Articles / Frenzies, and Chandras, and Risks, Oh My!
Frenzies, and Chandras, and Risks, Oh My!
Competitive Meta 
By: ADustedEwok - 13 May 2019

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Hello Again

 

      War of the Spark is here! Which means one thing. Litanies of jank fodder for Red to burn to ashes, like the hopes and dreams of the decks pilots. All seasoned vets know that the best aggro decks of last standard tend to become the best week 1 decks of a new standard. The reasons for this being, the Control and Midrange lists get tremendous amounts of new toys to begin testing with. But that is all it is, testing. Let’s say hypothetically the Nicol Bolas Dragon God strategy is the strongest in War of the Spark, none of the pilots have enough games played vs mono red. Where as the Mono Red strategy players, at this point, have thousands of games played thanks to Magic Arena. Ultimately the list that won the first competitive open (RDW) had a playset of new cards, Chandra, Fire Artisan, functions very similar to Experimental Frenzy. Both cards are value engines for red, not really changing the archetype a whole lot between players decklists.  Early tournaments REWARD REPETITION, over deck strength, as we can see because the top 8 players, not on red strategy, have had a tremendous amount of repetition with their respective archetypes. Open Top 8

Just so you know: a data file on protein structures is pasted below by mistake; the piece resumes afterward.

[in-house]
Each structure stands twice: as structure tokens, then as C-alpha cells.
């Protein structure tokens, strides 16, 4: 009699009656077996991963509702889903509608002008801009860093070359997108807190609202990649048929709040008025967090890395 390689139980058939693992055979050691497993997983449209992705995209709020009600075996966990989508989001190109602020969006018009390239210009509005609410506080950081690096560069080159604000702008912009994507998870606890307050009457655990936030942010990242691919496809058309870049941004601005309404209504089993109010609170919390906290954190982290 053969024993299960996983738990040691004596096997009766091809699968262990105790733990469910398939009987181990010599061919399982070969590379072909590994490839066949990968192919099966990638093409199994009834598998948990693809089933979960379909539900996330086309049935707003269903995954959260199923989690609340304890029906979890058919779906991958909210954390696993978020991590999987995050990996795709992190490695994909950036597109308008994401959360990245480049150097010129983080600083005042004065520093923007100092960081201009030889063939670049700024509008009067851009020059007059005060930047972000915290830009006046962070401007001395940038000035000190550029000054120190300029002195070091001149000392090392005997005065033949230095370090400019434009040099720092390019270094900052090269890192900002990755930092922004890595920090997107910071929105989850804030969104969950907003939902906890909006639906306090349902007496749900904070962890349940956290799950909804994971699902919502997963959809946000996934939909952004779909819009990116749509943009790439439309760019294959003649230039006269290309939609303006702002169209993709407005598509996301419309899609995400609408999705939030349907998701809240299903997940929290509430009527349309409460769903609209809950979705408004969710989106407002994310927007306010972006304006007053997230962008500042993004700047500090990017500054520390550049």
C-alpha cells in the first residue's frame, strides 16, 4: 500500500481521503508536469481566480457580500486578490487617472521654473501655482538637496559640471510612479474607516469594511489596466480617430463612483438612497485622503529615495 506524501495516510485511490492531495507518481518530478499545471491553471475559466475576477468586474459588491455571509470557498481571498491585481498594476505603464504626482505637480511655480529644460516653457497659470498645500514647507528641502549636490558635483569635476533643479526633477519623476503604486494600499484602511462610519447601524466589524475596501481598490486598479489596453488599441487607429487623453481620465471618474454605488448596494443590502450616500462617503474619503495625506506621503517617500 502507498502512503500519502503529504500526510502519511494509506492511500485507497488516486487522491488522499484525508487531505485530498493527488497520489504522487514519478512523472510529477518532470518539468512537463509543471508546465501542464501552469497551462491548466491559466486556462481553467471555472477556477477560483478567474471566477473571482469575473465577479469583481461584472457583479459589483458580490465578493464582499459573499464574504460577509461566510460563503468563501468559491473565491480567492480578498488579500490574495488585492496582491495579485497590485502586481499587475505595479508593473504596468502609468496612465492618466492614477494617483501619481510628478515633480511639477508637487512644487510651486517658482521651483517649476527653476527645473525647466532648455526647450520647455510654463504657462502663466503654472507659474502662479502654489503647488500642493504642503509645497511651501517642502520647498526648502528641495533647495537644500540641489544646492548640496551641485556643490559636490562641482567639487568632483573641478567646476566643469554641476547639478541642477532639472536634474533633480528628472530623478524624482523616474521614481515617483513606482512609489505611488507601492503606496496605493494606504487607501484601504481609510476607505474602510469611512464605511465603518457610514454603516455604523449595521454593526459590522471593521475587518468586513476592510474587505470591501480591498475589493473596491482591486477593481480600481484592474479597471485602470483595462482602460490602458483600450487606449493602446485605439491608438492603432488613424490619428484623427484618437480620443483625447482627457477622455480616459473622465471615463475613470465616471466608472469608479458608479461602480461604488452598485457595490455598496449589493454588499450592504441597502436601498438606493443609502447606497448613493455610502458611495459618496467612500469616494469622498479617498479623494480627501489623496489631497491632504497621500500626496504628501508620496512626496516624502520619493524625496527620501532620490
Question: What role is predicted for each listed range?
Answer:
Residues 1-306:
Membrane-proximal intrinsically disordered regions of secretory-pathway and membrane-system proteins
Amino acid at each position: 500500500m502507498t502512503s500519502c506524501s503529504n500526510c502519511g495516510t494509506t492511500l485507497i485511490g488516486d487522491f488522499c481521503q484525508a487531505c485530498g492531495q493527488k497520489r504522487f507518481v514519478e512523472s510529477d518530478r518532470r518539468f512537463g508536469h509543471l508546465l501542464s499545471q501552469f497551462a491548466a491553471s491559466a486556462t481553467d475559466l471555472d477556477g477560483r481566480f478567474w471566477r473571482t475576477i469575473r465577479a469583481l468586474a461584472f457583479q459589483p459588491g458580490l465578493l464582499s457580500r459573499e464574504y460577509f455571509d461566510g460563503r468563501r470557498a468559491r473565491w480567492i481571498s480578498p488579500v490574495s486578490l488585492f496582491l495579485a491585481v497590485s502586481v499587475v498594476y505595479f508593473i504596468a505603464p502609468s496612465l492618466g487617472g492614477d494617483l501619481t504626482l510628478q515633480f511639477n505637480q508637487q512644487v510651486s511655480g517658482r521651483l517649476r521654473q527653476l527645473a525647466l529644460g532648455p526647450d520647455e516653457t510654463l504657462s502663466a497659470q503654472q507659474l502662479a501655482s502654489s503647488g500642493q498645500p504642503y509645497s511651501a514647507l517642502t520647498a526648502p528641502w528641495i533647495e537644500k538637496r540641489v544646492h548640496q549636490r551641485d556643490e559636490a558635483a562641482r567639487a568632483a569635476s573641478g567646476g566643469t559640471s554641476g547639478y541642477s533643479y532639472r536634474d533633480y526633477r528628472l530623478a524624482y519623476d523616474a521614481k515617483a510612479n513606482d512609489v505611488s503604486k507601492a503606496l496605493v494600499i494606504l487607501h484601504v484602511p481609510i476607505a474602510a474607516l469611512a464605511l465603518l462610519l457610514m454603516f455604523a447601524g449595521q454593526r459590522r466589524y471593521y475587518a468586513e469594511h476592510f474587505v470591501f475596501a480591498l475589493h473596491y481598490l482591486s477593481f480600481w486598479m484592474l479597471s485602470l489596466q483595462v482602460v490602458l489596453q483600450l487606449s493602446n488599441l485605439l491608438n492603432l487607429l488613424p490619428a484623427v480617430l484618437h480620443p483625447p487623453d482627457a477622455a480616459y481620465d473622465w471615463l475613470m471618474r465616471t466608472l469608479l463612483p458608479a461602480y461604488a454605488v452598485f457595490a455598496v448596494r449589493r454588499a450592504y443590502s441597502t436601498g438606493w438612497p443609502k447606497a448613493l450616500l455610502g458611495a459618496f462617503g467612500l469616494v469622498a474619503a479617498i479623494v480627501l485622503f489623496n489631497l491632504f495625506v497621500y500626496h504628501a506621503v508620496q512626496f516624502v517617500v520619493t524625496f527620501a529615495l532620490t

The base red build has become the litmus test for viability of decks in the War of the Spark meta. If the next tournament is all decklists that counter red, red will obviously not have the same results that it put up at SCG Open. But, let’s say people don’t tune their jank grixis lists to have even 40% vs Red, what are the choices for red decks going forward. The largest separation with all of the top 25 Red Decks is, which value engine do you chose? All of them have their drawbacks, the only one not up for discussion is Light Up The Stage. R : Draw 2, is a downright broken card. The value engines up for discussion, in no order, Experimental Frenzy, Chandra, Fire Artisan, and Risk Factor. All of them have different pros and cons for different matches which I will go through.


     I am sorry to you Flame of Keld and Saheeli, Sublime Artificer lovers, those value engines just don’t really generate value the way you’d one. Keld forces very lopsided hands and requires either a delayed keld, or to punt value for a chance to resolve a Keld. Good Flame of Keld games only exist within a goldilocks region of Mythical Magical Fairy Wonderland. Saheeli is the same way, it forces you to play awkwardly in the force couple turns to MAYBE generate value at a later turn. The way control and combo are set up with inevitability (Teferi, Nexus, now even Lilly), this is just something we can not afford to attempt. Red has no grace or majesty in its attempt to win.